Shinzo Abe wants to prove his reform credentials by cutting Japan’s 36 percent corporate tax rate. But the prime minister’s plan could backfire and end up harming his anti-deflation campaign.
The Japanese government on June 24 announced a plan to slash the rate to less than 30 percent over the next several years. There’s no clarity yet on the final rate, or how the largesse will be funded.
The plan’s vagueness is disconcerting, but its rationale is dubious, too. Japan’s overall tax-to-GDP ratio is low among rich countries. Less than a third of companies pay any taxes, and the effective rate for large conglomerates is just 13 percent. Although the burden will rise with improving profitability, the increase won’t be dramatic: companies will use past losses to keep their payouts low for years.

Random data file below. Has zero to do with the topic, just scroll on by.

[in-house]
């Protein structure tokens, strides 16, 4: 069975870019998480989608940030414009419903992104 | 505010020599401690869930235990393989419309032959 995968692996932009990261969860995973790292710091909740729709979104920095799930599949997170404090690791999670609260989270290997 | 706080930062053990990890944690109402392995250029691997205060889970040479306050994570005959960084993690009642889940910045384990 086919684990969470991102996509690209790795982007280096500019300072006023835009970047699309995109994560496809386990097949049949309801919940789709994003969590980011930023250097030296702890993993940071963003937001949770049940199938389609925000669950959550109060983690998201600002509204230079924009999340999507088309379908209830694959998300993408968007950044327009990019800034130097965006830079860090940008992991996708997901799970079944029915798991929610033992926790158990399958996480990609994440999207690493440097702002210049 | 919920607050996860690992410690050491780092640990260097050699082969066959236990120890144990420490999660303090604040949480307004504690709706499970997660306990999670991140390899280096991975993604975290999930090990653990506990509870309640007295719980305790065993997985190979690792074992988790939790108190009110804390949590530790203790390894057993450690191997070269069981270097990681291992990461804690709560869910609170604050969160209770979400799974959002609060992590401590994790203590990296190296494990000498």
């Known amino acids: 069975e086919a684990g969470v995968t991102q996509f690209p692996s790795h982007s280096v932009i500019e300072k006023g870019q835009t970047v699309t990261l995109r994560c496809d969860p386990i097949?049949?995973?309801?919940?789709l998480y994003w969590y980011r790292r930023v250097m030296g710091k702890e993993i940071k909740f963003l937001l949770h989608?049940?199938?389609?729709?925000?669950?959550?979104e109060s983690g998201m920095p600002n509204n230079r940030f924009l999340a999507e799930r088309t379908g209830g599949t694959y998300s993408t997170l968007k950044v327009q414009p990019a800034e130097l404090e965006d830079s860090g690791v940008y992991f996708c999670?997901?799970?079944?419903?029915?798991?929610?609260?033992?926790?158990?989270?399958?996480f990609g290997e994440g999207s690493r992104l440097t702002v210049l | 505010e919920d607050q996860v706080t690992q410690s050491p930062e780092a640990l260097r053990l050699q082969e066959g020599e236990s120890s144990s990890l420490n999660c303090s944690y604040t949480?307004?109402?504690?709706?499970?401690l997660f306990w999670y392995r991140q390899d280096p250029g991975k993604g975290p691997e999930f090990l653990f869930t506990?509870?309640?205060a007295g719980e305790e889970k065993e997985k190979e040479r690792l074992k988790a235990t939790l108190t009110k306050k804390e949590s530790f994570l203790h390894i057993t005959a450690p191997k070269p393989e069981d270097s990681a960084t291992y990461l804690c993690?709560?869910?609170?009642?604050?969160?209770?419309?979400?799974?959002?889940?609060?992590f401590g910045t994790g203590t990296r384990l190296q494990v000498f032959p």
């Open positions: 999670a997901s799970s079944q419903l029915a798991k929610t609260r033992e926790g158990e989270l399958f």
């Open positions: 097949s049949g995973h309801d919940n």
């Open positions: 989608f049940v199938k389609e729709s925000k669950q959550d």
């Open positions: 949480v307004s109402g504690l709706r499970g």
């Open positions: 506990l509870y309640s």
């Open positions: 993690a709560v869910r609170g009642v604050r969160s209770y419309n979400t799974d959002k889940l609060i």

A tax cut could spur domestic investment, according to a recent Reuters poll of corporate executives. But the gains would be limited. The same survey shows that companies also have a fairly strong preference for saving the windfall. With little or no pickup in economic activity, even small sums in foregone taxes could bloat the government’s debt, already alarmingly high at 243 percent of GDP.
To convince bond investors that his tax cut is not fiscally reckless, Abe will have to find alternative sources of revenue. Slapping higher levies on a shrinking, ageing workforce is not an option, and charging consumers more will be tough. Raising the sales tax beyond next year’s planned increase to 10 percent could crunch consumption, and push the economy into another deflationary spiral.
Passing off a risky, half-baked gamble as growth strategy smacks of desperation. Clearly, Abe isn’t having much luck with more meaningful reforms, such as slashing import tariffs on farm goods or loosening up immigration. The promised wage boost for Japanese workers has also failed to materialize. A lower corporate tax rate could give a temporary lift to stock prices. But if debt sustainability concerns arise after the Bank of Japan stops buying government debt by the truckload, bond yields may spike. What’s being billed as key part of Abenomics could end up undermining it.